Experimental drug lemborexant underwent several phase 3 studies presented at the annual SLEEP 2019 meeting.
The 33rd annual meeting of the Associated Professional Sleep Societies (SLEEP 2019) in San Antonio, TX, was highlighted by the presentation of several studies on lemborexant, an investigational agent for sleep-wake regulation.
Lemborexant, which could potentially treat insomnia, sleep-wake disorders, and irregular sleep-wake rhythms disorders (ISWRD), is a small molecule compound that inhibits orexin signaling by binding competitively to both orexin receptor subtypes, promoting periods of wakefulness. Lemborexant's New Drug Application (NDA) was accepted by the US Food and Drug Administration (FDA) earlier this year; a target Prescription Drug User Fee Act (PDUFA) date is set for December 27, 2019.
Prior to SLEEP 2019, lemborexant underwent several Eisai-funded phase 3 studies of its effectiveness and safety" a SUNRISE 1 one-month study in adults aged 55 and over, and a SUNRISE 2 one-month study in adults aged 18 and over. SUNRISE 1 and 2 were both multicenter, randomized, double-blind, placebo-controlled, active comparator, parallel-group studies, conducted in North America and Europe. Each study (SUNRISE or otherwise) was presented via a poster, but the various studies overlapped significantly.
“Many patients battle sleepless nights and can struggle to function the next day,” Russell Rosenberg, PhD, D.ABSM, a principal investigator in the lemborexant studies and former chairman of the Board of the National Sleep Foundation, said in a statement. “These new findings presented at SLEEP 2019 provide further support for the potential role of lemborexant as a treatment option for the millions of people in the US suffering from insomnia."
The SUNRISE 2 study, which included 947 patients, focused primarily on the safety of lemborexant (lemborexant 5 mg, n= 314, lemborexant 10 mg, n= 314, placebo, n= 319). The study’s reported treatment-emergent adverse events (TEAEs) were primarily mild to moderate, with a very low rate of severe TEAEs (2.2% with lemborexant 5 mg; 2.9% with lemborexant 10 mg; 1.6% with placebo). The most common side effect was somnolence.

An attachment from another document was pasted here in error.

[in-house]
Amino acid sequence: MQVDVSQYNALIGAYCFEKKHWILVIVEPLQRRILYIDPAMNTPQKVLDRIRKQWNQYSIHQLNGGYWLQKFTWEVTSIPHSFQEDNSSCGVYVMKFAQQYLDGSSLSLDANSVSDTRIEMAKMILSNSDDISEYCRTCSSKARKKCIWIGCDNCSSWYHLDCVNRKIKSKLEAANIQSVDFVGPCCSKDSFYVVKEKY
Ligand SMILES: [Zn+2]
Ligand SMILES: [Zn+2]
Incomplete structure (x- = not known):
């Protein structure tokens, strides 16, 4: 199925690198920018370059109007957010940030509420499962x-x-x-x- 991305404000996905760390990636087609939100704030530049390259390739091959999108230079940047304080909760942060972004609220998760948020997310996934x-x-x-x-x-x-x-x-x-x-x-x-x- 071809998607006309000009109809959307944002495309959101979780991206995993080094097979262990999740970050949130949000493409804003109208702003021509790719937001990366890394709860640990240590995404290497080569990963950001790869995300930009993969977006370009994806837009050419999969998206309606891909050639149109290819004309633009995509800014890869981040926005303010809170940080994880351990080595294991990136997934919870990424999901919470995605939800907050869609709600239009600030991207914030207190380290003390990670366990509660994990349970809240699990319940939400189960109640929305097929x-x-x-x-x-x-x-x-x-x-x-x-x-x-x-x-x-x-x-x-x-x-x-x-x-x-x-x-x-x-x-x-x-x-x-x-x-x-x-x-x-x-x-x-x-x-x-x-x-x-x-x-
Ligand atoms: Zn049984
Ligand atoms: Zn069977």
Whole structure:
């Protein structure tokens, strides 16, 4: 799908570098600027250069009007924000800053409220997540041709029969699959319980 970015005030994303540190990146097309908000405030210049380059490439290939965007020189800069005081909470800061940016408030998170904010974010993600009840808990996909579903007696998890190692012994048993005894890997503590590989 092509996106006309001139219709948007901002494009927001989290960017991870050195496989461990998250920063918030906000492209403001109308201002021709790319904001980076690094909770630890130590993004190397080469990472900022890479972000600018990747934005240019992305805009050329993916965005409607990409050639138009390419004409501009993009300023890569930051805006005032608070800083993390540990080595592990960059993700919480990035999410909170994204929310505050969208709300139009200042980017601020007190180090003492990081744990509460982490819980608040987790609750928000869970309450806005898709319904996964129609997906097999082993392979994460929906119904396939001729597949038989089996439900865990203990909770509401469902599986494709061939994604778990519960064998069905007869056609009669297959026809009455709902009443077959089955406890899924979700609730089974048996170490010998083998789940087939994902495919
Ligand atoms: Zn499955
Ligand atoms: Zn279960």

Additional phase 3 data assessing TEAEs showed a mild increase in moderate events when patients were placed on lemborexant (8.4% for lemborexant 5 mg; 10.9% for lemborexant 10 mg; 4.3% for placebo.) While still few overall, the incidence of serious TEAEs was 10.2% for lemborexant 5 mg; 12.8% for lemborexant 10 mg; and 7.0% for placebo.
The assorted phase 3 studies combined analysis of both SUNRISE 1 and SUNRISE 2, totaling 1,693 patients (lemborexant 5 mg, n= 582; lemborexant 10 mg, n= 584; placebo, n= 527). They also deliberately included a mix of both 402 male (23.7%) and 1,291 female (76.3%) patients; safety analyses included 404 (25.0%) male and 1,286 (75.0%) female patients.
Compared to baseline, Insomnia Severity Index (ISI) total scores decreased after one month of nightly use as measured by least squares mean (LSM) (-7.2 for lemborexant 5 mg; -7.5 for lemborexant 10 mg; — 5.5 for placebo).
"Treatment of insomnia can be challenging as it should address not only sleep onset and maintenance, but also the patient's ability to wake ready the next day," said Lynn Kramer, MD, chief clinical officer and chief medical officer, Neurology Business Group, Eisai. "Patients who participated in our pivotal Phase 3 studies and were treated with lemborexant experienced a reduction in Insomnia Severity Index scores, which include measures of daytime functioning."
The clinical threshold for insomnia—an ISI total of < 10—decreased for many patients within a month (33.0% for lemborexant 5 mg; 33.4% for lemborexant 10 mg; 20.3% for placebo). The 10 mg of lemborexant was the most successful, but even the 5 mg was an improvement when compared to the placebo (47.3% for lemborexant 5 mg, 47.8% for lemborexant 10 mg, 33.6% for placebo).
On average, when data from both SUNRISE 1 and 2 was combined (n= 1,693), sleep maintenance endpoints showed that patients taking lemborexant obtained more than 1 hour of additional sleep per night. When compared to the placebo, median reductions from baseline in subjective sleep onset latency (sSOL) were larger for lemborexant 5 mg and 10 mg during the first week of treatment (-12.9 for lemborexant 5 mg; -13.6 for lemborexant 10 mg; -2.9 for placebo) and after the first month (-16.1 for lemborexant 5 mg; -17.9 for lemborexant 10 mg; -5.2 for placebo).
Alongside sSOL improvements, lemborexant enabled median reductions from baseline in subjective wake after sleep onxet (sWASO) during the first week (-29 for lemborexant 5 mg; -37.9 for lemborexant 10 mg; -14.7 for placebo) and after the first month (-33.1 for lemborexant 5 mg; -41.3 for lemborexant 10 mg; -25.8 for placebo).
Subjective sleep efficiency (sSE) also showed improvement after the first week (8.4 for lemborexant 5 mg; 10.9 for lemborexant 10 mg; 4.3 for placebo) and month (10.2 for lemborexant 5 mg; 12.8 for lemborexant 10 mg; 7.0 for placebo).